<language, tool> A high-level programming language, started by Larry Wall in 1987 and developed as an open source project. It has an eclectic heritage, deriving from the ubiquitous C programming language and to a lesser extent from sed, awk, various Unix shell languages, Lisp, and at least a dozen other tools and languages. Originally developed for Unix, it is now available for many platforms.
Perl's elaborate support for regular expression matching and substitution has made it the language of choice for tasks involving string manipulation, whether for text or binary data. It is particularly popular for writing CGI scripts.
The language's highly flexible syntax and concise regular expression operators, make densely written Perl code indecipherable to the uninitiated. The syntax is, however, really quite simple and powerful and, once the basics have been mastered, a joy to write.
Perl's only primitive data type is the "scalar", which can hold a number, a string, the undefined value, or a typed reference. Perl's aggregate data types are arrays, which are ordered lists of scalars indexed by natural numbers, and hashes (or "associative arrays") which are unordered lists of scalars indexed by strings. A reference can point to a scalar, array, hash, function, or filehandle. Objects are implemented as references "blessed" with a class name. Strings in Perl are eight-bit clean, including nulls, and so can contain binary data.
Perl supports closures, recursive functions, symbols with either lexical scope or dynamic scope, nested data structures of arbitrary content and complexity (as lists or hashes of references), and packages (which can serve as classes, optionally inheriting methods from one or more other classes). There is ongoing work on threads, Unicode, exceptions, and backtracking. Perl program files can contain embedded documentation in POD (Plain Old Documentation), a simple markup language.
The normal Perl distribution contains documentation for the language, as well as over a hundred modules (program libraries). Hundreds more are available from The Comprehensive Perl Archive Network. Modules are themselves generally written in Perl, but can be implemented as interfaces to code in other languages, typically compiled C.
The free availability of modules for almost any conceivable task, as well as the fact that Perl offers direct access to almost all system calls and places no arbitrary limits on data structure size or complexity, has led some to describe Perl, in a parody of a famous remark about lex, as the "Swiss Army chainsaw" of programming.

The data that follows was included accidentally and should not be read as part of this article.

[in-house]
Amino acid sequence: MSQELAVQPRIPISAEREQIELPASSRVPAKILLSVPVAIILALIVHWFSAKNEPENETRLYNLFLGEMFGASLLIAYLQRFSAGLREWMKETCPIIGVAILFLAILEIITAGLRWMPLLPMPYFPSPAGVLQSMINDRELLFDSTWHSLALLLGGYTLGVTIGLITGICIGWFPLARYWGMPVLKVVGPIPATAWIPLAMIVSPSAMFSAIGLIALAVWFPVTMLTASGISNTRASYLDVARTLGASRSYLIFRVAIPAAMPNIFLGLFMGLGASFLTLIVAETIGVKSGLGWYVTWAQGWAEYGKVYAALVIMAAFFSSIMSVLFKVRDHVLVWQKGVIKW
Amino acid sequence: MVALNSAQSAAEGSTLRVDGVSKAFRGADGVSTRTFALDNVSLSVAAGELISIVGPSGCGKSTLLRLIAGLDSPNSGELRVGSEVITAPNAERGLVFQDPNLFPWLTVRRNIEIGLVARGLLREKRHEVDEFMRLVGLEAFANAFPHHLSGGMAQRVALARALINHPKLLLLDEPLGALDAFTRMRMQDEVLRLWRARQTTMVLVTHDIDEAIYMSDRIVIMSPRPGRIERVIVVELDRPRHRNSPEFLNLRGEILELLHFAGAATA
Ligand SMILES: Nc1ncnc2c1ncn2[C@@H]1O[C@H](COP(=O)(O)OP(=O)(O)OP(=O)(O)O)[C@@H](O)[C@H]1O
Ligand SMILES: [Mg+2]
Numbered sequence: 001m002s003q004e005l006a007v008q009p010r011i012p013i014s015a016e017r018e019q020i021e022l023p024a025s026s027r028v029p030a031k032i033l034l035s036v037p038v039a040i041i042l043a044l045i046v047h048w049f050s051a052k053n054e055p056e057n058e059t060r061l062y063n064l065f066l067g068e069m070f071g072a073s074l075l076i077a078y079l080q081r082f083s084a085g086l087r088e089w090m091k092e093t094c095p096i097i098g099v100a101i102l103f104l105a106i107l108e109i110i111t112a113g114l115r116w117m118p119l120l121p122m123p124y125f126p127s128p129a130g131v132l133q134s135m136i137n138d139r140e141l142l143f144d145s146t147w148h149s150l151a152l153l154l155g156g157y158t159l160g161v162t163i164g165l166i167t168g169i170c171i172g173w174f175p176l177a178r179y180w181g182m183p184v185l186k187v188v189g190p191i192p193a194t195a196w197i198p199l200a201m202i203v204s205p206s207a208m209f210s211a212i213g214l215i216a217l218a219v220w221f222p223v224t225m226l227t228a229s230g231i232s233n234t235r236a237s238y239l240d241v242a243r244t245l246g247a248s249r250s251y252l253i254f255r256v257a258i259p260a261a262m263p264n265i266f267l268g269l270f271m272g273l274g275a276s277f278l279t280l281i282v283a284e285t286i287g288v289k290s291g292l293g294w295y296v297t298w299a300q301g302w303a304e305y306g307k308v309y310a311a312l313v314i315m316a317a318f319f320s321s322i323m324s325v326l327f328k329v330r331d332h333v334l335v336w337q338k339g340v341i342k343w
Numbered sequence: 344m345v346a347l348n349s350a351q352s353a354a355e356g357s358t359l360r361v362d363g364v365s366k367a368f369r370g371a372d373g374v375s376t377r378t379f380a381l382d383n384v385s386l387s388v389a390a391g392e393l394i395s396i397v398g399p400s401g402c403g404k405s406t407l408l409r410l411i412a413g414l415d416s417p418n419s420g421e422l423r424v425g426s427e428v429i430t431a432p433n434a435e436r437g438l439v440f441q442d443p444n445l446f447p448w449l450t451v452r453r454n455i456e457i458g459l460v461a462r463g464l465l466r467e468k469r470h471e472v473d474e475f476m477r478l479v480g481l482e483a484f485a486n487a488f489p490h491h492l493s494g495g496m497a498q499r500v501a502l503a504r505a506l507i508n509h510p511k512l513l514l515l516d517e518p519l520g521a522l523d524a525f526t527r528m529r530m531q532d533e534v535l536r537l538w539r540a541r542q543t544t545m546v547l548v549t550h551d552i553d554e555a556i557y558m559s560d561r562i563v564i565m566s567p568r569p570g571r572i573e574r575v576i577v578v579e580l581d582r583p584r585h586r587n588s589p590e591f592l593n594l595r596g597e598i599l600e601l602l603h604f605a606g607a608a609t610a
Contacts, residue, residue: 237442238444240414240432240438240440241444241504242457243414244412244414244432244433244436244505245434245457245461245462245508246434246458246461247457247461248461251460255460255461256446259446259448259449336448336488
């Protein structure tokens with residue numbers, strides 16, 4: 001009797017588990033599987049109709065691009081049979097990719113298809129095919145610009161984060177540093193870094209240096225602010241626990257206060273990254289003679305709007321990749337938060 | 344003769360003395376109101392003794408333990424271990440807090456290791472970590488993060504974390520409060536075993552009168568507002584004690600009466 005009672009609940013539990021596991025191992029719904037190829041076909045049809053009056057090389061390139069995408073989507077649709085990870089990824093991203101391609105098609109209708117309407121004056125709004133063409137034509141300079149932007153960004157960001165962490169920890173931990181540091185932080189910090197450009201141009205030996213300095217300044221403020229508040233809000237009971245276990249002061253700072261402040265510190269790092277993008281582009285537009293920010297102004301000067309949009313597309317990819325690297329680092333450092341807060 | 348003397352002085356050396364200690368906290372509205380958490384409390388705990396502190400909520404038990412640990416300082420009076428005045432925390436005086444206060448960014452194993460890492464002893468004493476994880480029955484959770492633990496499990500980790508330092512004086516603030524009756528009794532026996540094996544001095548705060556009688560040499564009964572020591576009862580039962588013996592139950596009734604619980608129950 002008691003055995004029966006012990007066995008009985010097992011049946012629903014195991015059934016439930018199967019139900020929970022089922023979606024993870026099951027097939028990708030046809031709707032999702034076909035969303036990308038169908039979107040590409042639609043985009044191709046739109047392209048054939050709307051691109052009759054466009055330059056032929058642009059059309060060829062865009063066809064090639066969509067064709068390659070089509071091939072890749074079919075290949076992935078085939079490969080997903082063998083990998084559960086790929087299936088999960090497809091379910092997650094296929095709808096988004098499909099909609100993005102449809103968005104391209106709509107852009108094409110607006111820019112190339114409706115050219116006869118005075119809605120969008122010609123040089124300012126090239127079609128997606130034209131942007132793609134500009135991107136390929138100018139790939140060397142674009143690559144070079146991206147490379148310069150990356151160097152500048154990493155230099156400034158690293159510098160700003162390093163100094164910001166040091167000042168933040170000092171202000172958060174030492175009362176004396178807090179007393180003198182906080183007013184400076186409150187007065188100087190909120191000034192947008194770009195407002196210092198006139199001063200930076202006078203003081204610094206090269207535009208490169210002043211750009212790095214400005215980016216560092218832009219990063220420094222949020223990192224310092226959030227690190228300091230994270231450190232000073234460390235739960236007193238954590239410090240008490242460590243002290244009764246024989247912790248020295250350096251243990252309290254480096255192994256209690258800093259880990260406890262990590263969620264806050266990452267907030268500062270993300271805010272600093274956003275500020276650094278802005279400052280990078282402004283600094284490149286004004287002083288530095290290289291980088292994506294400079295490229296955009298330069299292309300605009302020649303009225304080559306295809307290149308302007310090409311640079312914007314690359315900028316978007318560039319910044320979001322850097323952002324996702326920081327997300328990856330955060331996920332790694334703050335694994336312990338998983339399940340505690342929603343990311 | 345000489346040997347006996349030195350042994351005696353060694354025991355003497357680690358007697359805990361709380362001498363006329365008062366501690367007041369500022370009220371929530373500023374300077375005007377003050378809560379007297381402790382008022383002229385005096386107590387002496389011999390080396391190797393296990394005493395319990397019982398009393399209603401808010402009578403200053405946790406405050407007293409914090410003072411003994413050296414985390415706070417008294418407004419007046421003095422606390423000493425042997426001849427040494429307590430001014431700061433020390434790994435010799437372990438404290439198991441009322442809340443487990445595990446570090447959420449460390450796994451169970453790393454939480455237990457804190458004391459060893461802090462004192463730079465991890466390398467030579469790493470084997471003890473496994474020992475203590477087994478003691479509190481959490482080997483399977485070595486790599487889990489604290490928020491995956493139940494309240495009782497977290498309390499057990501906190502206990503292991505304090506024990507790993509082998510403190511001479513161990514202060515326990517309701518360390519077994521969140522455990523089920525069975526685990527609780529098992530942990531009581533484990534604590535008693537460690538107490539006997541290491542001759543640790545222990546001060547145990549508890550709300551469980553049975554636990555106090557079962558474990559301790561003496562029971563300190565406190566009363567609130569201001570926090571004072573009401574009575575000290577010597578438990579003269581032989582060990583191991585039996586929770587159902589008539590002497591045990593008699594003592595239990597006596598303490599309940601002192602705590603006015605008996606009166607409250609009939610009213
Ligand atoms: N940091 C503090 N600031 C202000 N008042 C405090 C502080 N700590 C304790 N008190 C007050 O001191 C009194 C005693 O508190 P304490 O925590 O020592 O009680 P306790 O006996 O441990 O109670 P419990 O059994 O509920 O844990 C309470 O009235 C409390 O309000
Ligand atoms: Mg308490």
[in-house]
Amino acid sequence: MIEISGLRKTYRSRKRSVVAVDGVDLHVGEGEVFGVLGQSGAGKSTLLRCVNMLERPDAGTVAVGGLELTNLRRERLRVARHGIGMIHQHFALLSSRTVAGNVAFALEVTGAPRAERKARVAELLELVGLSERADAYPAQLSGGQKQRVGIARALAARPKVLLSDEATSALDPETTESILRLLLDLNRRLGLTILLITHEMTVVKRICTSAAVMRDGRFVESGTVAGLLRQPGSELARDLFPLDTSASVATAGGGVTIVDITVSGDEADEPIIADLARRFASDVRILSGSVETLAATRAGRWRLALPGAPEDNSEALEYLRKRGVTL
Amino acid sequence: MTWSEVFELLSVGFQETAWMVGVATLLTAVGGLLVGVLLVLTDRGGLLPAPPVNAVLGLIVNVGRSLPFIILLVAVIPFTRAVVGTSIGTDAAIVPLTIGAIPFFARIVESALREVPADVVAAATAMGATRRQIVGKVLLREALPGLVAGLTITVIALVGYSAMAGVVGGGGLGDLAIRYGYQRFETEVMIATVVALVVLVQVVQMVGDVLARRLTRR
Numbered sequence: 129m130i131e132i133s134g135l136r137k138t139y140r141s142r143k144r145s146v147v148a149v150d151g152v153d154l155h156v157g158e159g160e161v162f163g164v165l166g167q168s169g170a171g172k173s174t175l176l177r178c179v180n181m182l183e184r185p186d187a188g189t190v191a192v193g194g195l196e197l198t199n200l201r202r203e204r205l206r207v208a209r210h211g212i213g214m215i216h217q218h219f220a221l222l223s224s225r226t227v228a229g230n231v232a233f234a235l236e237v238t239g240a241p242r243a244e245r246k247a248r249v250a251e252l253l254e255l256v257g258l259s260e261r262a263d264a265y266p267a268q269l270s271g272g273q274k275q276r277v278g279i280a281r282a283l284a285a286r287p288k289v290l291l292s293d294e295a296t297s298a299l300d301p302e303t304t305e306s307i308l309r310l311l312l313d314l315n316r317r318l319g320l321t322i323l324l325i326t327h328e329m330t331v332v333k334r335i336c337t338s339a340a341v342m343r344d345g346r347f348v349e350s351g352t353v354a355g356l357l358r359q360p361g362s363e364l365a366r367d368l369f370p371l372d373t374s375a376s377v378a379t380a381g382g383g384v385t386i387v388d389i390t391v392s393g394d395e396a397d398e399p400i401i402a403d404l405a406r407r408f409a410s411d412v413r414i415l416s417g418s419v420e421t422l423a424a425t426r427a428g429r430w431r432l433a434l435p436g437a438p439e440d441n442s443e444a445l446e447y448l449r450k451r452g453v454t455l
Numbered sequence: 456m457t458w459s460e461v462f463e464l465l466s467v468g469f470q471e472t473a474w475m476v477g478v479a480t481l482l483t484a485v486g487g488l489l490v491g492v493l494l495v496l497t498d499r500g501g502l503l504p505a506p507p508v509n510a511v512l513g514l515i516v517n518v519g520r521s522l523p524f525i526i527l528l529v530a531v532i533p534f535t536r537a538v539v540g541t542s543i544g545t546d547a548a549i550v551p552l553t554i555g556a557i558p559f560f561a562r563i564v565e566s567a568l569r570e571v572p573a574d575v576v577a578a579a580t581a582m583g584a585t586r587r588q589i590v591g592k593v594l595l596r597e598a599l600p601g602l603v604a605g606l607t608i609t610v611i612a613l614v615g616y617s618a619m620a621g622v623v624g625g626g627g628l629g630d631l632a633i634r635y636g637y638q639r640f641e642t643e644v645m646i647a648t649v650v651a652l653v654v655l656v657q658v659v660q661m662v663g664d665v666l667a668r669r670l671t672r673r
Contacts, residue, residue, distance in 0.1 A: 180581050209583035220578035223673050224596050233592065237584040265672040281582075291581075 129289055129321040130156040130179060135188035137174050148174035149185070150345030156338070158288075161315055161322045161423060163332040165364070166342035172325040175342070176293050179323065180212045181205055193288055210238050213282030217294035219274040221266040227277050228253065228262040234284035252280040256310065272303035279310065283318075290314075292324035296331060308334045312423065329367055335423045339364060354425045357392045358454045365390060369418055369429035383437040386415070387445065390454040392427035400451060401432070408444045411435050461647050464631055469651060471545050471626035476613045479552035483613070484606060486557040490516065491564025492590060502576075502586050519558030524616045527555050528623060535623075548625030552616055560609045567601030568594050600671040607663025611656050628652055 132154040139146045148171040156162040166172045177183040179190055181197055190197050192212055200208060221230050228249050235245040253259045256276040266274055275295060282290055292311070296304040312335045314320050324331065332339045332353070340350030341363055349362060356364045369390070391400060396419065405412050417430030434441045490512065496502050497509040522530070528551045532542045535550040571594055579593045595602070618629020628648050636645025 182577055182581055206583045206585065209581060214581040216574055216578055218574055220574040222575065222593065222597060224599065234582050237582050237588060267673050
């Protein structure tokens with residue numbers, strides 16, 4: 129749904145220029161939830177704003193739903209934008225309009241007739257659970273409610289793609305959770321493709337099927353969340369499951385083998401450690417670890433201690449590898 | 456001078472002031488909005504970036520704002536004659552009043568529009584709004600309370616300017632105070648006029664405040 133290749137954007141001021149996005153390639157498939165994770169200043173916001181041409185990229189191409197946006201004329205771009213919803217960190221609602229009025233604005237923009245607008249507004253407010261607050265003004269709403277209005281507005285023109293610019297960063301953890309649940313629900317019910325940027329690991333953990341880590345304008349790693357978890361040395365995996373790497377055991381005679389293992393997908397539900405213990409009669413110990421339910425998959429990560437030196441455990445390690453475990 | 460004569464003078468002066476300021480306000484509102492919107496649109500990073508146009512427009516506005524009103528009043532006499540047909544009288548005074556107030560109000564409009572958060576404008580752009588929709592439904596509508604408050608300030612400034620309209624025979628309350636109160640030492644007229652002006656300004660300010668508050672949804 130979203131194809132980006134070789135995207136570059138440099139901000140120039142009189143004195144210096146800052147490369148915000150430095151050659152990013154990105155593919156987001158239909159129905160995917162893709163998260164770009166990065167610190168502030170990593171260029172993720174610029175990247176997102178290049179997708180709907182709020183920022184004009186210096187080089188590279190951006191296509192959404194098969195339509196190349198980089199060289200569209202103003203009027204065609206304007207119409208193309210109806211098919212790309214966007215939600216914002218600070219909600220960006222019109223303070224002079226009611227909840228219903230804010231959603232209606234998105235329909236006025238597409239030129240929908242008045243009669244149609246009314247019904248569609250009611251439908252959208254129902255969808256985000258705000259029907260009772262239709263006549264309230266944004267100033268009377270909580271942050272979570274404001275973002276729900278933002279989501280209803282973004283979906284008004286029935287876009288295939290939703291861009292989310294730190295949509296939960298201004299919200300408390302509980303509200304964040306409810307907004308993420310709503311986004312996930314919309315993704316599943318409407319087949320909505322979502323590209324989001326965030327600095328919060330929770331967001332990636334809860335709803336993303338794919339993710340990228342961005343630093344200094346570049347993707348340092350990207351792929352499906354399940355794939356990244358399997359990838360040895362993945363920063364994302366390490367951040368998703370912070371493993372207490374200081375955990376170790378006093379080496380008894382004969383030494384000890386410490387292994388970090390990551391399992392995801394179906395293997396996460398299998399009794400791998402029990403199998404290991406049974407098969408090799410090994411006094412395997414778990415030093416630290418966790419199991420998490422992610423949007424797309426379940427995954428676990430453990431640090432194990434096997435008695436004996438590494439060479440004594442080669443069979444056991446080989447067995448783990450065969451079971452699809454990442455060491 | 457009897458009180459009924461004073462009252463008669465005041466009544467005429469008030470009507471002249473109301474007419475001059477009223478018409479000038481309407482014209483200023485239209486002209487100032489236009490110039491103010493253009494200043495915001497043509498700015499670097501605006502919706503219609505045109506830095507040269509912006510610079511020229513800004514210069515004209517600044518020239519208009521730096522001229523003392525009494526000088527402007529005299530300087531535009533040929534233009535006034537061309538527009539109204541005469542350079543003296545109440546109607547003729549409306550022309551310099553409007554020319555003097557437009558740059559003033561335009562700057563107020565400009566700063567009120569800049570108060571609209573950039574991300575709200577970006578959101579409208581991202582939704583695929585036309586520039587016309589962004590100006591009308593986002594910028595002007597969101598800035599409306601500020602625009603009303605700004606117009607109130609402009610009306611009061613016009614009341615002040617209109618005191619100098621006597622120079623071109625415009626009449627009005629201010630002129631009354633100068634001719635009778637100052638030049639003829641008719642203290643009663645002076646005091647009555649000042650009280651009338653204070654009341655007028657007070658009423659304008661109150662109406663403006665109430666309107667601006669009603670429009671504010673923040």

The use of Perl has grown significantly since its adoption as the language of choice of many web developers. CGI interfaces and libraries for Perl exist for several platforms and Perl's speed and flexibility make it well suited for form processing and on-the-fly web page creation.
Perl programs are generally stored as text source files, which are compiled into virtual machine code at run time; this, in combination with its rich variety of data types and its common use as a glue language, makes Perl somewhat hard to classify as either a "scripting language" or an "applications language" -- see Ousterhout's dichotomy. Perl programs are usually called "Perl scripts", if only for historical reasons.
Version 5 was a major rewrite and enhancement of version 4, released sometime before November 1993. It added real data structures by way of "references", un-adorned subroutine calls, and method inheritance.
The spelling "Perl" is preferred over the older "PERL" (even though some explain the language's name as originating in the acronym for "Practical Extraction and Report Language"). The program that interprets/compiles Perl code is called "perl", typically "/usr/local/bin/perl" or "/usr/bin/perl".
["Programming Perl", Larry Wall and Randal L. Schwartz, O'Reilly & Associates, Inc. Sebastopol, CA. ISBN 0-93715-64-1].
["Learning Perl" by Randal L. Schwartz, O'Reilly & Associates, Inc., Sebastopol, CA].